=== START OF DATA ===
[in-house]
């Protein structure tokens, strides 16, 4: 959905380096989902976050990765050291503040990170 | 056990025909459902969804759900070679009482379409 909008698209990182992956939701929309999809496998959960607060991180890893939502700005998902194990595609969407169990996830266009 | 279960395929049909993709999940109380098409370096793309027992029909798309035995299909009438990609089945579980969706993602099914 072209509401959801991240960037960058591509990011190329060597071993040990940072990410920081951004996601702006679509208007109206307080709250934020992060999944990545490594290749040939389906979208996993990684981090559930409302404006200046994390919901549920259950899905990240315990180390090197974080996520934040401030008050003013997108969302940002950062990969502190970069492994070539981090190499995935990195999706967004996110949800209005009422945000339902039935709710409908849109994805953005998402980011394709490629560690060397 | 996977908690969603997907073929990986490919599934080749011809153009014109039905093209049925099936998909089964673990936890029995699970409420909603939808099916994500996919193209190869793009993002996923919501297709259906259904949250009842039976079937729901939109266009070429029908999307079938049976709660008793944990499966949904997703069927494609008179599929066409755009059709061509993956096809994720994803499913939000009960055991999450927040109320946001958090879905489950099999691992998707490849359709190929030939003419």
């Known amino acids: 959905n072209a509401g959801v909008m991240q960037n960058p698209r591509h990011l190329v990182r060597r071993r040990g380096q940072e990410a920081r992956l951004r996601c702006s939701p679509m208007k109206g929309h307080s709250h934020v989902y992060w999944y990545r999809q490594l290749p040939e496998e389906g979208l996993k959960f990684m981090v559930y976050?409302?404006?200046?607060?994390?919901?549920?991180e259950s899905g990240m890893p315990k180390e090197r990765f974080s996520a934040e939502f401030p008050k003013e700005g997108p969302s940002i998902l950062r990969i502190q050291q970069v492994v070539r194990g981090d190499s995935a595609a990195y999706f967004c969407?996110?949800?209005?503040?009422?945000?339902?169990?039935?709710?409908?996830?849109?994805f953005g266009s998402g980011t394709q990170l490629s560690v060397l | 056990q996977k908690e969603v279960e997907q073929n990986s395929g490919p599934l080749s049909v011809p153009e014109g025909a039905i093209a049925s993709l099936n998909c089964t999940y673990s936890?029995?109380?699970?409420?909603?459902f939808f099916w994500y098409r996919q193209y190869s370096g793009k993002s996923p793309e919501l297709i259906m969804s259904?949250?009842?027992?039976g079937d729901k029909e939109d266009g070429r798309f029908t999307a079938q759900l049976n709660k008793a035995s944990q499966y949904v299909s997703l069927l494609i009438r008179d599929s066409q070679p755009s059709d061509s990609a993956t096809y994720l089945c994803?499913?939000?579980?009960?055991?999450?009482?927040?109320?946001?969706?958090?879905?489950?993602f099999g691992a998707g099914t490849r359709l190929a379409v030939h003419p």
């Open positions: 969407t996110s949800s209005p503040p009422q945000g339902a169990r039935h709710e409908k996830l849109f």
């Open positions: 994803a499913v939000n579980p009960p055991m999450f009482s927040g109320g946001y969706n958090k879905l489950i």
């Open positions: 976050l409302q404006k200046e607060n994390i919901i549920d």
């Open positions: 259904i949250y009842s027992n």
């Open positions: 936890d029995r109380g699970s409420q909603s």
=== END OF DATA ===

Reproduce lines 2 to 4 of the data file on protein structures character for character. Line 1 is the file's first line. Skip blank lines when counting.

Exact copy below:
């Protein structure tokens, strides 16, 4: 959905380096989902976050990765050291503040990170 | 056990025909459902969804759900070679009482379409 909008698209990182992956939701929309999809496998959960607060991180890893939502700005998902194990595609969407169990996830266009 | 279960395929049909993709999940109380098409370096793309027992029909798309035995299909009438990609089945579980969706993602099914 072209509401959801991240960037960058591509990011190329060597071993040990940072990410920081951004996601702006679509208007109206307080709250934020992060999944990545490594290749040939389906979208996993990684981090559930409302404006200046994390919901549920259950899905990240315990180390090197974080996520934040401030008050003013997108969302940002950062990969502190970069492994070539981090190499995935990195999706967004996110949800209005009422945000339902039935709710409908849109994805953005998402980011394709490629560690060397 | 996977908690969603997907073929990986490919599934080749011809153009014109039905093209049925099936998909089964673990936890029995699970409420909603939808099916994500996919193209190869793009993002996923919501297709259906259904949250009842039976079937729901939109266009070429029908999307079938049976709660008793944990499966949904997703069927494609008179599929066409755009059709061509993956096809994720994803499913939000009960055991999450927040109320946001958090879905489950099999691992998707490849359709190929030939003419």
């Known amino acids: 959905n072209a509401g959801v909008m991240q960037n960058p698209r591509h990011l190329v990182r060597r071993r040990g380096q940072e990410a920081r992956l951004r996601c702006s939701p679509m208007k109206g929309h307080s709250h934020v989902y992060w999944y990545r999809q490594l290749p040939e496998e389906g979208l996993k959960f990684m981090v559930y976050?409302?404006?200046?607060?994390?919901?549920?991180e259950s899905g990240m890893p315990k180390e090197r990765f974080s996520a934040e939502f401030p008050k003013e700005g997108p969302s940002i998902l950062r990969i502190q050291q970069v492994v070539r194990g981090d190499s995935a595609a990195y999706f967004c969407?996110?949800?209005?503040?009422?945000?339902?169990?039935?709710?409908?996830?849109?994805f953005g266009s998402g980011t394709q990170l490629s560690v060397l | 056990q996977k908690e969603v279960e997907q073929n990986s395929g490919p599934l080749s049909v011809p153009e014109g025909a039905i093209a049925s993709l099936n998909c089964t999940y673990s936890?029995?109380?699970?409420?909603?459902f939808f099916w994500y098409r996919q193209y190869s370096g793009k993002s996923p793309e919501l297709i259906m969804s259904?949250?009842?027992?039976g079937d729901k029909e939109d266009g070429r798309f029908t999307a079938q759900l049976n709660k008793a035995s944990q499966y949904v299909s997703l069927l494609i009438r008179d599929s066409q070679p755009s059709d061509s990609a993956t096809y994720l089945c994803?499913?939000?579980?009960?055991?999450?009482?927040?109320?946001?969706?958090?879905?489950?993602f099999g691992a998707g099914t490849r359709l190929a379409v030939h003419p």
């Open positions: 969407t996110s949800s209005p503040p009422q945000g339902a169990r039935h709710e409908k996830l849109f």